Contrary to popular belief, non-stop action sequences don’t make a movie. Without reason for the violence, there are no stakes, and without stakes, why should we care? The audience needs context for these giant battles. These grizzled jaeger pilots have the world on their shoulders; people are depending on them to save humanity. It should also be noted that it takes two pilots to run a jaeger, one pilot’s mind isn’t strong enough to operate the machinery. These partners have to become mentally linked in order to operate the mech. As well as being an interesting plot device, this concept of partnership should be imperative to the story and characters. We are lead from the personal lives of these two pilots to their place in the jaeger program, and the devastation that will befall the world if they fail in their mission. The central plot of Pacific Rim hinges not on giant robots, but mental connection, giving us spectacle through intimacy.


4. Monster Love

As monster fans know, trends go in cycles and we’ve been bouncing between blood-suckers and flesh-eaters for almost a decade now, and while I adore zombies, I occasionally want to give the undead hordes a rest. Enter the giant monster.

As a cultural staple of Japanese cinema, the giant monster movie is closely tied to the Godzilla film series. True, we have seen giant monsters here in the states with the King Kong and Godzilla remakes**, but the West has never quite had the fascination with giant terrors that the East has. However, being a student of mythology, del Toro has cited both Wagner and Goya in his vision for the scope of the Pacific Rim. This is a good sign that he is drawing upon influences other than Kaiju films. One can also see strong influences from visual effects master, Ray Harryhausen in the creature designs. This fresh take on Kaiju is needed to endear a new audience to a genre of film that they may not be familiar with. We can also expect detailed zoological descriptions of the Kaiju’s make up, because del Toro is the kind of guy who will detail the living situation of fairies and creatures in the Troll Market for Hellboy II. This love of mythology and monsters will give Pacific Rim and monster movies a fresh way to terrorize the world and expose new fans to an old genre of films.


5. It’s a Western

Pacific Rim has been getting a lot of guff for having similarities to Evangelion and Power Rangers. Comparisons are fair, but to generate ire for similarities between films is to ignore the East/West collaboration that has been going on in cinema for decades. It’s a well known fact that the father of manga, Osamu Tezuka, was influenced heavily by the work of Disney, just as today, Pixar has been heavily influenced by the work of Hayao Miyazaki. To extend the comparisons even further, Japanese filmmaker, Akira Kurosawa received criticism for his films Yojimbo and Seven Samurai for being too ‘Western’. Influenced by director John Ford, Kurosawa infused his tales of feudal Japan with a heavy dose of gunslinger mythology. These two films were later re-adapted by Sergio Leone and John Sturges into A Fistful of Dollars and The Magnificent Seven, respectively.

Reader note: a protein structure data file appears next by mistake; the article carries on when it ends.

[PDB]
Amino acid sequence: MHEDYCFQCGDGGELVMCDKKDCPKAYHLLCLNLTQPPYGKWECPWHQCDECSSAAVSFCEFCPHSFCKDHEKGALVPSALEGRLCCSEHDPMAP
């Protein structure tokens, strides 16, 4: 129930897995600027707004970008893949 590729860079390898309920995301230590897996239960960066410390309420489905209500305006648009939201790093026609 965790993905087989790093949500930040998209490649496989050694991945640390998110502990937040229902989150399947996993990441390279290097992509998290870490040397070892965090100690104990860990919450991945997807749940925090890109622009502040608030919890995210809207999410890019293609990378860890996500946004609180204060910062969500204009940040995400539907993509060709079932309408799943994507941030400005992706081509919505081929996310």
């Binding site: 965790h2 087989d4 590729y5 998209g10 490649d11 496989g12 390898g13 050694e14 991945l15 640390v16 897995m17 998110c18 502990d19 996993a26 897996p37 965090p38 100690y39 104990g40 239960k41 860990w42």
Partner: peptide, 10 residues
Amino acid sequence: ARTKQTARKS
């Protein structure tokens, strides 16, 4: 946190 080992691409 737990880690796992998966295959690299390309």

Pacific Rim does owe a great deal to anime and Japanese culture, but by taking these cultural staples from the East and moving westward, this film will hopefully add something new to the genre. The inclusion of the down-on-his-luck, washed-up Jaeger pilot is a classic American archetype. Also, the idea that the mech being piloted is an obsolete model, is an image that echoes the very legend of John Henry. We love underdogs and nothing pleases us more than seeing a washed-up soldier go on ‘one last mission’. Pacific Rim is spinning the classic Western theme of the ‘few versus the many’, ala Rio Bravo on its head. Instead of sending cowboys out on horseback, futuristic robots are sent out to deal with an onslaught of attacking monsters. Are these ‘cowboys’ up to the task? As much as del Toro is borrowing from Kaiju films and anime, he seems to be borrowing just as much from the cultural identity of the West. Once again mixing international themes and aesthetic as others have before him.

Although Pacific Rim seems to be hampered by a wonderful high concept (something advertising departments don’t know how to handle), I’m interested to see how this film turns out. In the words of Fox Mulder, I want to believe, and I haven’t been disappointed by a del Toro film yet.

Are you looking forward to Pacific Rim? Why or why not? Let us know in the comments.


*He’s been trying to get an adaptation of Lovecraft’s ‘At the Mountains of Madness’ off the ground for years now.

**King Kong, excellent. Godzilla, abysmal

Facebook Comments